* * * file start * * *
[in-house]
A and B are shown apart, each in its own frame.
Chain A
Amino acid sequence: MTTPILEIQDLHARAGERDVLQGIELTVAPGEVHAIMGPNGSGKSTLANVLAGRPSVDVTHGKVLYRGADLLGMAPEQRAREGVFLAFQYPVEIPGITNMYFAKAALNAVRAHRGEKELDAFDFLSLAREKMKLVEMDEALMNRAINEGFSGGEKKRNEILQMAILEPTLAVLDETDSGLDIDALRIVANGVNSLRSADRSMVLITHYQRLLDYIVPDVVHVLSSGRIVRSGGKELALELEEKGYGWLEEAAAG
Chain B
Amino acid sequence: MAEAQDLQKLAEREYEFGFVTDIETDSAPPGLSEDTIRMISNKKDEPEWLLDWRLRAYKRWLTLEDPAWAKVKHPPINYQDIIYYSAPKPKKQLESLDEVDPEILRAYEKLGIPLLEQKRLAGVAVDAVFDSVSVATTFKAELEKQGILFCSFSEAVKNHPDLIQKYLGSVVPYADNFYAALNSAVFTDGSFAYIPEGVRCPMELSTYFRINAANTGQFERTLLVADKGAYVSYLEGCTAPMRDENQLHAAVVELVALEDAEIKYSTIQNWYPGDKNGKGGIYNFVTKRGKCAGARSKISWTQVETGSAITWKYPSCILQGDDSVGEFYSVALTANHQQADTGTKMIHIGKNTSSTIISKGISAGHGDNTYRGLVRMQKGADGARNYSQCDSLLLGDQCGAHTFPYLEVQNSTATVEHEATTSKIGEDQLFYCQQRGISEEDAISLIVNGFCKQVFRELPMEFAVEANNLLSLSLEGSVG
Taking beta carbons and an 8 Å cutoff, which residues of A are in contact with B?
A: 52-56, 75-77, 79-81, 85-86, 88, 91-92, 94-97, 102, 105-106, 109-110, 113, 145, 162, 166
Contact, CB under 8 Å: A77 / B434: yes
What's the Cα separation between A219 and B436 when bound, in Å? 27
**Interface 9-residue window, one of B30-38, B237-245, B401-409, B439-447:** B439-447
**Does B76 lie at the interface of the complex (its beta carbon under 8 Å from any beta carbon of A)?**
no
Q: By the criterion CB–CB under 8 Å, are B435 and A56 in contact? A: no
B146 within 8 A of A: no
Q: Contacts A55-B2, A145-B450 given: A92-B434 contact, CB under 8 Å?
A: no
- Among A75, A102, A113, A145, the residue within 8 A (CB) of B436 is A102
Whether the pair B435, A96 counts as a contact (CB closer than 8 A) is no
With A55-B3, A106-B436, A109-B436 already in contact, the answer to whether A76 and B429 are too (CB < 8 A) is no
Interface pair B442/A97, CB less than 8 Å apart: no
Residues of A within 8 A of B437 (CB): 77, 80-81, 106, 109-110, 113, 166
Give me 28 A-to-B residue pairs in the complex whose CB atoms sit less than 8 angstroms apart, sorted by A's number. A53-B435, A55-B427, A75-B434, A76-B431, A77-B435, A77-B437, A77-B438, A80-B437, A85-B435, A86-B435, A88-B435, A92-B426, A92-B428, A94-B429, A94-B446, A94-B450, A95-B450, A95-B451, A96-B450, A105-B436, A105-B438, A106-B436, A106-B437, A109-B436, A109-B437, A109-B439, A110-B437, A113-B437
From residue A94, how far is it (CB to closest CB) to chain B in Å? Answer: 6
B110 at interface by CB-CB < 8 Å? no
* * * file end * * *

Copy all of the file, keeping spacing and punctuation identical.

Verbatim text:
[in-house]
A and B are shown apart, each in its own frame.
Chain A
Amino acid sequence: MTTPILEIQDLHARAGERDVLQGIELTVAPGEVHAIMGPNGSGKSTLANVLAGRPSVDVTHGKVLYRGADLLGMAPEQRAREGVFLAFQYPVEIPGITNMYFAKAALNAVRAHRGEKELDAFDFLSLAREKMKLVEMDEALMNRAINEGFSGGEKKRNEILQMAILEPTLAVLDETDSGLDIDALRIVANGVNSLRSADRSMVLITHYQRLLDYIVPDVVHVLSSGRIVRSGGKELALELEEKGYGWLEEAAAG
Chain B
Amino acid sequence: MAEAQDLQKLAEREYEFGFVTDIETDSAPPGLSEDTIRMISNKKDEPEWLLDWRLRAYKRWLTLEDPAWAKVKHPPINYQDIIYYSAPKPKKQLESLDEVDPEILRAYEKLGIPLLEQKRLAGVAVDAVFDSVSVATTFKAELEKQGILFCSFSEAVKNHPDLIQKYLGSVVPYADNFYAALNSAVFTDGSFAYIPEGVRCPMELSTYFRINAANTGQFERTLLVADKGAYVSYLEGCTAPMRDENQLHAAVVELVALEDAEIKYSTIQNWYPGDKNGKGGIYNFVTKRGKCAGARSKISWTQVETGSAITWKYPSCILQGDDSVGEFYSVALTANHQQADTGTKMIHIGKNTSSTIISKGISAGHGDNTYRGLVRMQKGADGARNYSQCDSLLLGDQCGAHTFPYLEVQNSTATVEHEATTSKIGEDQLFYCQQRGISEEDAISLIVNGFCKQVFRELPMEFAVEANNLLSLSLEGSVG
Taking beta carbons and an 8 Å cutoff, which residues of A are in contact with B?
A: 52-56, 75-77, 79-81, 85-86, 88, 91-92, 94-97, 102, 105-106, 109-110, 113, 145, 162, 166
Contact, CB under 8 Å: A77 / B434: yes
What's the Cα separation between A219 and B436 when bound, in Å? 27
**Interface 9-residue window, one of B30-38, B237-245, B401-409, B439-447:** B439-447
**Does B76 lie at the interface of the complex (its beta carbon under 8 Å from any beta carbon of A)?**
no
Q: By the criterion CB–CB under 8 Å, are B435 and A56 in contact? A: no
B146 within 8 A of A: no
Q: Contacts A55-B2, A145-B450 given: A92-B434 contact, CB under 8 Å?
A: no
- Among A75, A102, A113, A145, the residue within 8 A (CB) of B436 is A102
Whether the pair B435, A96 counts as a contact (CB closer than 8 A) is no
With A55-B3, A106-B436, A109-B436 already in contact, the answer to whether A76 and B429 are too (CB < 8 A) is no
Interface pair B442/A97, CB less than 8 Å apart: no
Residues of A within 8 A of B437 (CB): 77, 80-81, 106, 109-110, 113, 166
Give me 28 A-to-B residue pairs in the complex whose CB atoms sit less than 8 angstroms apart, sorted by A's number. A53-B435, A55-B427, A75-B434, A76-B431, A77-B435, A77-B437, A77-B438, A80-B437, A85-B435, A86-B435, A88-B435, A92-B426, A92-B428, A94-B429, A94-B446, A94-B450, A95-B450, A95-B451, A96-B450, A105-B436, A105-B438, A106-B436, A106-B437, A109-B436, A109-B437, A109-B439, A110-B437, A113-B437
From residue A94, how far is it (CB to closest CB) to chain B in Å? Answer: 6
B110 at interface by CB-CB < 8 Å? no